Yellow-crowned Night-heron

After the Yellow crowned Night Heron, I was able to click a good shot of the Greater Antillean Grackle. A bird you find like flies everywhere in Puerto Rico. Even though it is a common bird, but I felt it needed to be included in this report.

Greater Antillean Grackle

3/30/19, Another day and I was even more excited for what new possibilities of birds I can find today within the accessible areas nearby our apartment. We stepped out onto the beach, and walked further than we usually go. Luckily this was a weekday morning, when not a lot of tourists go on the beach partying. It was peaceful and calm and I saw a Greater Antillean Grackle.

Greater Antillean Grackle

Near Grackles was also a Scaly-naped Pigeon, a new species for the day.

Scaly-naped Pigeon

While I was clicking Scally-naped pigeon, my mom spotted few birds flittering in the nearby bushes in front of an apartment building. As sun was bright and all I could see was the black birds. I really needed a bird to perch on the right spot to sit for a nice click and identify. After flying across and over and under, a bird perched and I was able to get a good click after few tries. I had to come back to ID the bird. And it turned out to be a new species – Pearly-eyed Thrasher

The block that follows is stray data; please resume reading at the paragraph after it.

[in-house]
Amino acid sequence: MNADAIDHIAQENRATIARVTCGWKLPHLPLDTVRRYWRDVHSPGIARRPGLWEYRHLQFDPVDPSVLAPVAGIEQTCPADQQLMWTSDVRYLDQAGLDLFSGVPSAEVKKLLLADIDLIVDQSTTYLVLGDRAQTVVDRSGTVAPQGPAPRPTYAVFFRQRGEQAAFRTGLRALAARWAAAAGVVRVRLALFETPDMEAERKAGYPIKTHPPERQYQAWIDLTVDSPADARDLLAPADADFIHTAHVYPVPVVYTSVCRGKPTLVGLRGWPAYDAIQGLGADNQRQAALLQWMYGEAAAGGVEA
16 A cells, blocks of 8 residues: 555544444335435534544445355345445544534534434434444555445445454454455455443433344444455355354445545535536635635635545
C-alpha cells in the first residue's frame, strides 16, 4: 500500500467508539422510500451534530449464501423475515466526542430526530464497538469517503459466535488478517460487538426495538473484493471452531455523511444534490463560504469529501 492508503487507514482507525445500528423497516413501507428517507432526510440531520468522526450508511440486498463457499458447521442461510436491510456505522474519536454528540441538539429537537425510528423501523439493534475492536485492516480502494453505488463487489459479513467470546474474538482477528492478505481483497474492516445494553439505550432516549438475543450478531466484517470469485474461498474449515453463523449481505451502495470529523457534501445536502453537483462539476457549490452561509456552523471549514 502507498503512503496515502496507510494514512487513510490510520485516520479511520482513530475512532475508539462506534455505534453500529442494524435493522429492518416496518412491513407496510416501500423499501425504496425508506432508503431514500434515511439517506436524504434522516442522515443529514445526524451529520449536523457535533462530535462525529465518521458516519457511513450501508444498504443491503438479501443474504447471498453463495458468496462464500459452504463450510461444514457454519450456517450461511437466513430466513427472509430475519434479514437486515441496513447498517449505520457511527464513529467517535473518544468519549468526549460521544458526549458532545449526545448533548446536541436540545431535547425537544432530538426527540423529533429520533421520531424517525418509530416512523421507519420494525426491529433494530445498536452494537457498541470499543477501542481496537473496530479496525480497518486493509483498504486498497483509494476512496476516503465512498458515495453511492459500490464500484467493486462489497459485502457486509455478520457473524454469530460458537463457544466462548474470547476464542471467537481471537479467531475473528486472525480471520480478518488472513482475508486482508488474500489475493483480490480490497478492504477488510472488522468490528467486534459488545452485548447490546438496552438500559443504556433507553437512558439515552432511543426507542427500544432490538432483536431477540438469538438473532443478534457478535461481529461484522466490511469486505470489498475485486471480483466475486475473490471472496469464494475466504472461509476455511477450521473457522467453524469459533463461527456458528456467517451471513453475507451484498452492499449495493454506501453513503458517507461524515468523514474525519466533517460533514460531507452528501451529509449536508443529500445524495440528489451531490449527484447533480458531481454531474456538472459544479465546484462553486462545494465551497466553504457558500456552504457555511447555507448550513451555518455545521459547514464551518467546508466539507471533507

Pearly-eyed Thrasher

Then on the way back I clicked a city-dweller that you clearly hate, either its population or their poop, the Rock Pigeon, although it wasn’t annoying.

Rock Pigeon

On 3/31/19, I was not as excited. We were going to the car dealership and expected to spend whole day there. I had no hopes of finding any birds there, but I was wrong. As we were waiting for the paper work to get done, we spotted a bird in the parking lot and followed it. To my surprise, we saw a Gray Kingbird and within minutes we spotted not just one, but four of them! I was sad as I did not carry a camera, but my mom came to rescue as she carried a small camera. I became so happy and clicked so many pictures of Gray Kingbird – another new species for me.

Gray Kingbird

And as usual we also saw some Greater Antillean Grackles.

Greater Antillean Grackle

With this I conclude this long post of Puerto Rico Birds Part 1. Let’s see what new I explore in upcoming days, before I head back to California.

As always Happy birding!

Barn Swallows At Charleston Slough

Charleston Slough bustles with the sights of shore birds through out the winter. In March as spring approaches, most of the shore birds have already started going north. After seeing the Belted Kingfisher and the Great Egret’s breakfast witness, I was keeping my fingers crossed to see some Pelicans. It was nearing the end of trail and no Pelicans in sight. But suddenly there was lots of activity of some small birds near the last pond where some weeds were growing, and there was a creek nearby. To our surprise, we saw around 40 Barn Swallows going here and there and up and down in all directions. These are beautiful, blue orange little creatures building their deck under pump station dock at the trail where one side goes to Palo Alto and another to Mountain View. If you are in the area, this would be good time to enjoy them.